MAKING SWEET TEA and Other Secrets

Excerpt from a review by LARRY KUBERT For the Lincoln Journal Star     Jan 20, 2019

As the slivers of Paul Elliott’s drama “Making Sweet Tea, and Other Secrets” deftly fall away, it exposes a world of humor, as well as hurt, pain and intolerance.

Elliott’s play is one of six plays chosen for the 2018 NewPlayFest sponsored by the American Association of Community Theatres, with Lincoln Community Playhouse  picking “Sweet Tea” for a world premiere on its stage.

Set in the rural South, the two-hour piece initially focuses upon the relationship between an older pair of rather provincial sisters .  While Dottie is gently homespun, Ruth a bit more craggy. But both can show their flinty sides when necessary.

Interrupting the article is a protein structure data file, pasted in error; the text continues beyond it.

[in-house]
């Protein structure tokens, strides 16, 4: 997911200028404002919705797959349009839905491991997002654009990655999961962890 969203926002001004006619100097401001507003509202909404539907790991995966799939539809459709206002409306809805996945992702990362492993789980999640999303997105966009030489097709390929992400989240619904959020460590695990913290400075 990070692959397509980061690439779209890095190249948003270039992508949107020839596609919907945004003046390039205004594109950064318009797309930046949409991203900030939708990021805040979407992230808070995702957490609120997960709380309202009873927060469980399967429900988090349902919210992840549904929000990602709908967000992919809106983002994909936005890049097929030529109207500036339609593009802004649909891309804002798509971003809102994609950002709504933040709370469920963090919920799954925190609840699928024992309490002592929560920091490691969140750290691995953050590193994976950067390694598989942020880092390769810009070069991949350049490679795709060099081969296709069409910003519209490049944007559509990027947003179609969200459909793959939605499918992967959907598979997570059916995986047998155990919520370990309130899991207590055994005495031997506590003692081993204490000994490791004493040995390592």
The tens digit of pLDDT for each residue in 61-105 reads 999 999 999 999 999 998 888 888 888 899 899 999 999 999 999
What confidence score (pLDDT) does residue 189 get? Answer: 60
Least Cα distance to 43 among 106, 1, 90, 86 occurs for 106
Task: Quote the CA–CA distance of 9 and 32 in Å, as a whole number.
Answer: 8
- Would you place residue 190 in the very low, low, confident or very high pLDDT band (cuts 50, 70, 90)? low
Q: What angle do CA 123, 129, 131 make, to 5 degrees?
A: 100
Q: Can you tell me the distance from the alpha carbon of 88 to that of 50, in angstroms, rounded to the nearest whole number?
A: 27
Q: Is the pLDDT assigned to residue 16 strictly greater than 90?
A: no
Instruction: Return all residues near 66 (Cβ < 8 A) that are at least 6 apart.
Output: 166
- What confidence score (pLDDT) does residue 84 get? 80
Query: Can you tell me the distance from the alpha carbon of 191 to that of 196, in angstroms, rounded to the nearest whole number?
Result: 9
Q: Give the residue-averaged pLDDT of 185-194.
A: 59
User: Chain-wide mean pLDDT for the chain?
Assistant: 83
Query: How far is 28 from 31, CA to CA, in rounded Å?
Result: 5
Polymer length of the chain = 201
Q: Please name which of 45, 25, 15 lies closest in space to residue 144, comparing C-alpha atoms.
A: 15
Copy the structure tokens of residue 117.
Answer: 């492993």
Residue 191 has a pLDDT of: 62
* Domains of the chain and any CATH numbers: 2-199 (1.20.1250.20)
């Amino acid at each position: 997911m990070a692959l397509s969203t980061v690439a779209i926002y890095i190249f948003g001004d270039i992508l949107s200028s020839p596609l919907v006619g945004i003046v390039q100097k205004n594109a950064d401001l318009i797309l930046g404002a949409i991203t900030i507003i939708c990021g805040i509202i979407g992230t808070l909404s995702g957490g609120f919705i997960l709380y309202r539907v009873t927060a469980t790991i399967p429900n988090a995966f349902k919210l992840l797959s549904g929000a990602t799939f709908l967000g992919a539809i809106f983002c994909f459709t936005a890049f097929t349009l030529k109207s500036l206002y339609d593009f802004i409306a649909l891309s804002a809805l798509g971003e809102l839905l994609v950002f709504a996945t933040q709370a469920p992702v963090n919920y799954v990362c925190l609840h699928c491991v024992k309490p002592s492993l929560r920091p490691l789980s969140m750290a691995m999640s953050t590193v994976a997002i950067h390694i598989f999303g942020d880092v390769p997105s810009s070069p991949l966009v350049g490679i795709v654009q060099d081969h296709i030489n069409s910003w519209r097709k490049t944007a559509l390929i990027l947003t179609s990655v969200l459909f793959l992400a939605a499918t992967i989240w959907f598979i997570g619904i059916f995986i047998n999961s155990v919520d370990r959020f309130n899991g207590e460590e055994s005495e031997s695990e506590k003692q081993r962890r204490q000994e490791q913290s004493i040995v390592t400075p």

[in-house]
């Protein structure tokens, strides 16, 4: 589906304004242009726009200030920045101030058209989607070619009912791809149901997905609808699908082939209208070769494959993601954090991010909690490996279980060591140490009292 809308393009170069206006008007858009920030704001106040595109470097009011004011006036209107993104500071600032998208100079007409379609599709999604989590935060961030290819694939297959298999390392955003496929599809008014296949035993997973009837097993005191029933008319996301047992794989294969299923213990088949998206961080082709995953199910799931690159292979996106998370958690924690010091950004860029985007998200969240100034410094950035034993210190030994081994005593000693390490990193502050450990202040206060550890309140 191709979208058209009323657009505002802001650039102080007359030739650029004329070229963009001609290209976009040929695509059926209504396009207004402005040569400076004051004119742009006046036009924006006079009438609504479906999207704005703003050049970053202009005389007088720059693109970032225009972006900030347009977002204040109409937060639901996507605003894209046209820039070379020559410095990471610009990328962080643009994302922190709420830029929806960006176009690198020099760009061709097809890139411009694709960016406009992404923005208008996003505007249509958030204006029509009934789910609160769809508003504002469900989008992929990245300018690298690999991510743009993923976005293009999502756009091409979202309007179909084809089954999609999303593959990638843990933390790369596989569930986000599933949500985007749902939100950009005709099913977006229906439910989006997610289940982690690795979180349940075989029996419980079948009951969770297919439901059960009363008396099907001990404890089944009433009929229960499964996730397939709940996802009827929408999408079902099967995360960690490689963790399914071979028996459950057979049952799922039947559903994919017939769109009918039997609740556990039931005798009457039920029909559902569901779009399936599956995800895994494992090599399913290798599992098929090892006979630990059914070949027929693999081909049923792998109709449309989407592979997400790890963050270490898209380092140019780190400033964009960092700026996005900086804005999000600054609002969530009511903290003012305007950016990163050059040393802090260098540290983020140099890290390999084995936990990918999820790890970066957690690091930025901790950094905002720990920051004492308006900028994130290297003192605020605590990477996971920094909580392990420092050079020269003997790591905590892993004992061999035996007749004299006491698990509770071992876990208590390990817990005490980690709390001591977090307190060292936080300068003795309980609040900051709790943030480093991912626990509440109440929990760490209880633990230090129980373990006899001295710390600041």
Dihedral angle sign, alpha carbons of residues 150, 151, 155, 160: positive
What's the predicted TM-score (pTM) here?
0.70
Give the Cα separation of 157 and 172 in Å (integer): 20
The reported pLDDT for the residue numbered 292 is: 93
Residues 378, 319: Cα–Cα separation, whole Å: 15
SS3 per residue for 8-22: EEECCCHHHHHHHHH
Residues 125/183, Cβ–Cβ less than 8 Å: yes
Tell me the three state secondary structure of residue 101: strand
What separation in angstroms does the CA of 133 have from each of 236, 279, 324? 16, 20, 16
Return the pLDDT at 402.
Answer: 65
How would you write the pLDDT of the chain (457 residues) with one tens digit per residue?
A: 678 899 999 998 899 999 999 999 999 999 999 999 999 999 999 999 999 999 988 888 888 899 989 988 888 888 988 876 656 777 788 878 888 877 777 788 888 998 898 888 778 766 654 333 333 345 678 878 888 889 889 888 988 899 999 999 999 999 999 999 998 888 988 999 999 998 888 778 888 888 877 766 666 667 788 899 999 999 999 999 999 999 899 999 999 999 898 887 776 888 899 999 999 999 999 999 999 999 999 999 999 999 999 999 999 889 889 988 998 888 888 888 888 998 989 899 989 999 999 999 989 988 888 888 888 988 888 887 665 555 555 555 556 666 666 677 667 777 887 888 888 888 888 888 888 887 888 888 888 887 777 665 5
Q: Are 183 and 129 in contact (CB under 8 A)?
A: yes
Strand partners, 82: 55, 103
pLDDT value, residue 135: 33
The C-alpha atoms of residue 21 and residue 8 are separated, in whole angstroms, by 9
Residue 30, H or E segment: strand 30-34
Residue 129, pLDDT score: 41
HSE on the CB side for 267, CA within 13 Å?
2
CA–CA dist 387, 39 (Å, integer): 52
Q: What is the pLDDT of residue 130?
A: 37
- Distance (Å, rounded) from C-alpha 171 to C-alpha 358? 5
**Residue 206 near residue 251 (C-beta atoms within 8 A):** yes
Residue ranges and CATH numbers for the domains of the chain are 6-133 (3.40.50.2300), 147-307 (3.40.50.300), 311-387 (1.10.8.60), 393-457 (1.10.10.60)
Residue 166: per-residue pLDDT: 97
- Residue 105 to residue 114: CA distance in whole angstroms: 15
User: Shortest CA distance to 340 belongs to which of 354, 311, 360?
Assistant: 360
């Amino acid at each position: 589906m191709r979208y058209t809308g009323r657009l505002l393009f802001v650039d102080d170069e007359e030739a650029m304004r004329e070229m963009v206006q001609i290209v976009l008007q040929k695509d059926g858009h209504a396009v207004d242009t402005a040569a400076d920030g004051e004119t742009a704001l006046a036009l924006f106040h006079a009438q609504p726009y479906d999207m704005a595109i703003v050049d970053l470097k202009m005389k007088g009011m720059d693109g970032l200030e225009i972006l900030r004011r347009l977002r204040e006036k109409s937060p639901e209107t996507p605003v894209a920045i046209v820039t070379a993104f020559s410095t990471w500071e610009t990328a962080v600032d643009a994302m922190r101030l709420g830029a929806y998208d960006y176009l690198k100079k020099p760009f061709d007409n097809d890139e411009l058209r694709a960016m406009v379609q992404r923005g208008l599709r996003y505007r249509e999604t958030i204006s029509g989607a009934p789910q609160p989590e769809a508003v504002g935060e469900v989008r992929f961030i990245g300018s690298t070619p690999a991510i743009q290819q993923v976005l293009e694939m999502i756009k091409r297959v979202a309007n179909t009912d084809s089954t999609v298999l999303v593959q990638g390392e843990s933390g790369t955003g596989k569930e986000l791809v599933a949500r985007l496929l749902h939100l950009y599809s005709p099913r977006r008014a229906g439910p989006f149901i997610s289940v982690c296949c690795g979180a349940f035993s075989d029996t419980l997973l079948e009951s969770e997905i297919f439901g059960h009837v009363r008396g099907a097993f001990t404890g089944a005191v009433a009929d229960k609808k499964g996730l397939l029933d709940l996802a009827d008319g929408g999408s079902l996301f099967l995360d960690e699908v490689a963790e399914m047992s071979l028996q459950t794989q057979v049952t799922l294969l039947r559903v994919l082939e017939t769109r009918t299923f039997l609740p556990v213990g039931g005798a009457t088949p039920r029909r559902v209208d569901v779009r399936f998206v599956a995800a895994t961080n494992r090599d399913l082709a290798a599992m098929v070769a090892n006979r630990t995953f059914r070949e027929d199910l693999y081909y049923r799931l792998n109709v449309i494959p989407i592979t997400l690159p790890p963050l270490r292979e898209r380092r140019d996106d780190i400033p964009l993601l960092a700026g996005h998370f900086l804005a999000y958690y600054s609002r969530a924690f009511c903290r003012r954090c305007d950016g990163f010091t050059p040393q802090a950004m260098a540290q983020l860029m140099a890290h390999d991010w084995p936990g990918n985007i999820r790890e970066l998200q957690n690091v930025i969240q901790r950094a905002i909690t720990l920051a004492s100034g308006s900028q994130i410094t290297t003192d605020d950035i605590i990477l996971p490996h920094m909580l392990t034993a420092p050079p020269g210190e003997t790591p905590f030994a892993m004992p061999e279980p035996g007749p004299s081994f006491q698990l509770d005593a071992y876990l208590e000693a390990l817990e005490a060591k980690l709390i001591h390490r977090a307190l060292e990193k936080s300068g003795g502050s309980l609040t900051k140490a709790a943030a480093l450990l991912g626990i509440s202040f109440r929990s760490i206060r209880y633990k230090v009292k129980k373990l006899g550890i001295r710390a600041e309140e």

Their rural solitude is interrupted when Amber, a young girl beaten and battered, is brought by the local sheriff for the sisters to hide from her abusive and powerful father. A rebellious teen is enough for the elder sisters to handle, but then they learn that Amber is transgender.

What follows is a well-disciplined peeling away of prejudice and intolerance, exposure of abuse, anger, and edification of societal bigotry and preconception.

Elliott liberally sprinkles humor throughout the play, which works as a needed release from the piece’s seriousness. The play’s final two scenes provide a bounty of twists and turns that keep the audience glued to their seats.